OK, enough bullshit. Back to the story. Part 26 is hosted by the inimitable Jackson Browne
I’m going to rent myself a house
In the shade of the freeway
I’m going to pack my lunch in the morning
And go to work each day
And when the evening rolls around
I’ll go on home and lay my body down
And when the morning light comes streaming in
I’ll get up and do it again
I want to know what became of the changes
We waited for love to bring
Were they only the fitful dreams
Of some greater awakening
I’ve been aware of the time going by
They say in the end it’s the wink of an eye
And when the morning light comes streaming in
You’ll get up and do it again
Caught between the longing for love
And the struggle for the legal tender . . .
Where the ads take aim and lay their claim
To the heart and the soul of the spender
And believe in whatever may lie
In those things that money can buy
Thought true love could have been a contender
Are you there?
Say a prayer for the pretender
Who started out so young and strong
Only to surrender
* * * * * * * * * * * * * * * * * * *
Rules be damned, I decided to tell my sister in law about Daniel. She had 3 little girls that came to my house on a regular basis, and even if I HAD agreed to protect him and his privacy, I wasn't willing to do that at the expense of any other little ones. My sister in law, true to her word, kept my confidence. She was shocked, of course, but more than that, she was saddened. "You know that some monster bastard has warped that kid - kids just don't DO that kind of thing on their own," she commented.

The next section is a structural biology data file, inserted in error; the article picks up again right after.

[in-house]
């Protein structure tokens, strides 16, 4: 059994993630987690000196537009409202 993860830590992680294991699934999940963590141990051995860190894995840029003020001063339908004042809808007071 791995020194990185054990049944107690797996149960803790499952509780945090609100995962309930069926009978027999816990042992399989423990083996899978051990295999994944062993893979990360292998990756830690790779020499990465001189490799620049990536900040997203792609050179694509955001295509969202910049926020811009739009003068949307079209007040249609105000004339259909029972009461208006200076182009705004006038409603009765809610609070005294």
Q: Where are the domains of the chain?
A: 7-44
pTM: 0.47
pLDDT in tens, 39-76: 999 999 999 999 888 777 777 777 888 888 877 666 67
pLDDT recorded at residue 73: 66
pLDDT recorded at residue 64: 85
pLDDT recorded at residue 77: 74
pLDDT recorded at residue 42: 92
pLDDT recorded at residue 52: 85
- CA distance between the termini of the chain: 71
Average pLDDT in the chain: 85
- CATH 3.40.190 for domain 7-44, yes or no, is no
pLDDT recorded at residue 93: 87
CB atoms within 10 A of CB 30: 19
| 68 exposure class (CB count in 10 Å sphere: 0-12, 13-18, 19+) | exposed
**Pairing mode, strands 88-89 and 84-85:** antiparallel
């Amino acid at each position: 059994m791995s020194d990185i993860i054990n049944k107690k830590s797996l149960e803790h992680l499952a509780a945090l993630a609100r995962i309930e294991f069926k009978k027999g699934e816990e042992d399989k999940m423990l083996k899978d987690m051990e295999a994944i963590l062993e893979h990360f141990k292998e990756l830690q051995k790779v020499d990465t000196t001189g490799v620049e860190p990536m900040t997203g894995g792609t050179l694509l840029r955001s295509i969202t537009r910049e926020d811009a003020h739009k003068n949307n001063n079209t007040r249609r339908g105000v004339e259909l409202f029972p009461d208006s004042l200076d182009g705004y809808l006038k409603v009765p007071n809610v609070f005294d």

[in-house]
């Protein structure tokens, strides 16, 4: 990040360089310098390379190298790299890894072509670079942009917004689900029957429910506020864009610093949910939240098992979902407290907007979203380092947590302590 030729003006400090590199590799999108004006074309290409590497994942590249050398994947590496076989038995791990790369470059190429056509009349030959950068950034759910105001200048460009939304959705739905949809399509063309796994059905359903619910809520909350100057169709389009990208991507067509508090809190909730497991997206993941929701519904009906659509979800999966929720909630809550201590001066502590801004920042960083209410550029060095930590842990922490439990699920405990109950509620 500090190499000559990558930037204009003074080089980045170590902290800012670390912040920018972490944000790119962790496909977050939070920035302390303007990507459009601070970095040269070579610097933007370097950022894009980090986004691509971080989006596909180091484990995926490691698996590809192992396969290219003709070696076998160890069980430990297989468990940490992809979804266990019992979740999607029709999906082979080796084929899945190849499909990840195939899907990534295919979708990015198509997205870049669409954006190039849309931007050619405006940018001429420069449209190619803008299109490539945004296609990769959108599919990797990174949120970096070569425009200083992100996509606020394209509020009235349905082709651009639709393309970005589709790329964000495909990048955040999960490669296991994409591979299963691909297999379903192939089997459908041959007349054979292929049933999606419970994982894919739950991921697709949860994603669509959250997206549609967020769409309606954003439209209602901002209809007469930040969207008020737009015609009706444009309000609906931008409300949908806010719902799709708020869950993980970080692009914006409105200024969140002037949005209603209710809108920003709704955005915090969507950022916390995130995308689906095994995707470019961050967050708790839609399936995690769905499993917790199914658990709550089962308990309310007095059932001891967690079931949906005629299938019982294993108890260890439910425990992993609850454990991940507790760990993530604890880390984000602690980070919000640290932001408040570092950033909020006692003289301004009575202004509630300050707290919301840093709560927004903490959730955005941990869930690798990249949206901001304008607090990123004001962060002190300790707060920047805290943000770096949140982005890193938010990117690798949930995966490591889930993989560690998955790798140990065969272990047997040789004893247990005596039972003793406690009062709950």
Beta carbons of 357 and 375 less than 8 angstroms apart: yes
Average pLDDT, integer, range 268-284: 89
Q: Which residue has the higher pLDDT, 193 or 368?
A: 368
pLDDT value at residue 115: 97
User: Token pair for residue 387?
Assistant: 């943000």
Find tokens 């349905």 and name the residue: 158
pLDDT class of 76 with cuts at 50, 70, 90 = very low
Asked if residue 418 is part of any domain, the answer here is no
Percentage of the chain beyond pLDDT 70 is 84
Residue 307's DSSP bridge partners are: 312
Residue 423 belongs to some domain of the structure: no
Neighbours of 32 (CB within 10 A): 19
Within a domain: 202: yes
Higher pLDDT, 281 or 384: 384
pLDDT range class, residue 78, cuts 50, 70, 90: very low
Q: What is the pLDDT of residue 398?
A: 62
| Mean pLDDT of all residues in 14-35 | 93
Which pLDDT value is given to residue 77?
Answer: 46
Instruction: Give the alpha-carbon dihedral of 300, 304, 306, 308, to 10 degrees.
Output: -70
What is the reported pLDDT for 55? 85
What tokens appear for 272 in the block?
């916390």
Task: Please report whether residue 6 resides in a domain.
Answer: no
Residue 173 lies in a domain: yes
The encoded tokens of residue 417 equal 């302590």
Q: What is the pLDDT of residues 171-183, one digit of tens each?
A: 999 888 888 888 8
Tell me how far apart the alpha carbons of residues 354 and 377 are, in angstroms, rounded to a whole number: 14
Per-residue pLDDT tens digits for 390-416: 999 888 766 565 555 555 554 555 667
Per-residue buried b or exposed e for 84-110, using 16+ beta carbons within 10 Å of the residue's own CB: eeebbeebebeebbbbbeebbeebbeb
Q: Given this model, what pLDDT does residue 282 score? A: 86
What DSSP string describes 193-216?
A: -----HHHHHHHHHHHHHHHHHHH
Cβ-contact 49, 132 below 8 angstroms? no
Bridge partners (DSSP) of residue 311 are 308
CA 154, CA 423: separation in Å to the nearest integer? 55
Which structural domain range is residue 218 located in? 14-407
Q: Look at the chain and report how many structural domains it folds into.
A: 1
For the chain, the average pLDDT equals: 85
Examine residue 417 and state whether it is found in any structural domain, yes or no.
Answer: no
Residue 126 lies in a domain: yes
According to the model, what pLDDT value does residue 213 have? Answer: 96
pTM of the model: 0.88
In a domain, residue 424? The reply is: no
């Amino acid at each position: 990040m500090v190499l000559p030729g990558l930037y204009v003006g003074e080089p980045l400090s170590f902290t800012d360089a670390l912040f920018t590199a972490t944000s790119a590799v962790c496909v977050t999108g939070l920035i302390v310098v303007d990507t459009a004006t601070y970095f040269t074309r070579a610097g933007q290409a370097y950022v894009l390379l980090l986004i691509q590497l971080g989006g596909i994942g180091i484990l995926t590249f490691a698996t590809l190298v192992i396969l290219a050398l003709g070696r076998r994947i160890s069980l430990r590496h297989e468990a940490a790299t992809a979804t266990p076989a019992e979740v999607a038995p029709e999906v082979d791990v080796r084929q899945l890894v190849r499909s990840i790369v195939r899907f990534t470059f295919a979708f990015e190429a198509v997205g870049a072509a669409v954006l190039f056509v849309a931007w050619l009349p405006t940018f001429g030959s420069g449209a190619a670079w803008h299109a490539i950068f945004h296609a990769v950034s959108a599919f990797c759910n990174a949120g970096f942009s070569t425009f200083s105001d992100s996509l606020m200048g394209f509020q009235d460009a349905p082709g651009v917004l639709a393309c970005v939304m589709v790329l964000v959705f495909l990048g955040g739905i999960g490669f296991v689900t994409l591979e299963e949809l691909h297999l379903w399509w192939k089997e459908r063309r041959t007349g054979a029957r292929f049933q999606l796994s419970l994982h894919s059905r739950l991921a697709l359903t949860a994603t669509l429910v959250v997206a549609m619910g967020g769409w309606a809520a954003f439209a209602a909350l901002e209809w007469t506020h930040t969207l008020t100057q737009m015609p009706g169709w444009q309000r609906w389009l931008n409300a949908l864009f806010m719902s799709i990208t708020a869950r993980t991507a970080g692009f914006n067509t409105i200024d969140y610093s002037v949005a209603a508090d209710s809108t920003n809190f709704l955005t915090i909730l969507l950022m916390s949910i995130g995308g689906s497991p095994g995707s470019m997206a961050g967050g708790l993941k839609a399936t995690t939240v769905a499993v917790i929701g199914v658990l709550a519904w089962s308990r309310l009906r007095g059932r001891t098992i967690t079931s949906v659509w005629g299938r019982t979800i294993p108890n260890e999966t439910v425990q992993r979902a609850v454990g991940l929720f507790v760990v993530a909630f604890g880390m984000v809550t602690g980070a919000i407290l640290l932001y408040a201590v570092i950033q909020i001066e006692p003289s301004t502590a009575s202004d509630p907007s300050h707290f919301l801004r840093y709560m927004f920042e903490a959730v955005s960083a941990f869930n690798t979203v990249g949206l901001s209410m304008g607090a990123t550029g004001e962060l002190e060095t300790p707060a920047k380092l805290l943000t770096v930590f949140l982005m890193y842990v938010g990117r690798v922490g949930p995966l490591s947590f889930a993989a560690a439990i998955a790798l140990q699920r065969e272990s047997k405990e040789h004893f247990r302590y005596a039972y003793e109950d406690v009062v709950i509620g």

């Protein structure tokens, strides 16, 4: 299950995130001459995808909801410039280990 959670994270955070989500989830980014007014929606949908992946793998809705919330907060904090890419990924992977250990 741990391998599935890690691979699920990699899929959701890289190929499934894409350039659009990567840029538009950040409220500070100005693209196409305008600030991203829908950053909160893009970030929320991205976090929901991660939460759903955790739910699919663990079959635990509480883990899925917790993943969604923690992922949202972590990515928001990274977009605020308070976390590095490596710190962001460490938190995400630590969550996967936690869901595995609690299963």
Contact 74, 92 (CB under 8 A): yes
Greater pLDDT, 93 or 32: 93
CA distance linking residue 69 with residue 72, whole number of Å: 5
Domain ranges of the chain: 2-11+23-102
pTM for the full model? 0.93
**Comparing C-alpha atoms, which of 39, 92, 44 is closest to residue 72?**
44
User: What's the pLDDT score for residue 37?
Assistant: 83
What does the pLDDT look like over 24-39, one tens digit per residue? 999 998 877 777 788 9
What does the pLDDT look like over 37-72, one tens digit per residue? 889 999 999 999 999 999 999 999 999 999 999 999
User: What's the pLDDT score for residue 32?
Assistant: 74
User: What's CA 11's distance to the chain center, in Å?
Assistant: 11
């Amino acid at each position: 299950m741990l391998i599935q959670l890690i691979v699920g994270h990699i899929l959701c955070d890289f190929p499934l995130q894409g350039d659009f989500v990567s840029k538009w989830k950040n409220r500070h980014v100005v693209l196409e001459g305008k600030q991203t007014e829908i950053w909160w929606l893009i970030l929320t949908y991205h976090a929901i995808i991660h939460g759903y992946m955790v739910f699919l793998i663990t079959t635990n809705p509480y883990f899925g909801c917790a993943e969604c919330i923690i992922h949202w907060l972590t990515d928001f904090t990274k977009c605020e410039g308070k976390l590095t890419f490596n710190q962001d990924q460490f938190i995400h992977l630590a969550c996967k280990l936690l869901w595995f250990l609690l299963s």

To prepare for court, we met with a court appointed attorney. A child advocate had been appointed as well, and it was from her that the story unfolded. Daniel had been in and out of the system many times during the first few years; he had been in foster placement 4 times before he was 9 years old. His father had served an additional stint in prison after pleading guilty to contributing to the delinquency of a minor for forcing Daniel to "service" a couple of his meth customers when they were all high, and there had been at least 2 charges of sodomy filed against the father's business partner; the charges weren't pursued because he had already been sentenced to 25 years in the federal pen on drug charges.
Once Daniel knew that I knew about the charges and all of the past transgressions, he grew cold and distant. To tell the truth, so did I. I'm not proud of it, but I counted down the days until court, silently urging time to move on to July, 1990 as quickly as possible. I still cooked meals for him, I still provided clean clothes and a warm bed for him, I still looked at his homework and accompanied him to a weekly therapy session, and I never had any harsh words for him, but I couldn't summon any warmth for him, either.
And the nightmares. Jesus. They were relentless and terrifying. I woke up, drenched with sweat, over and over again. "What is WRONG with you? Why does that keep happening?" he asked everytime I sat bolt upright in bed at 3 am. And I would sip water, and lay back quietly, smoothing out the covers and staring at the ceiling until sleep returned.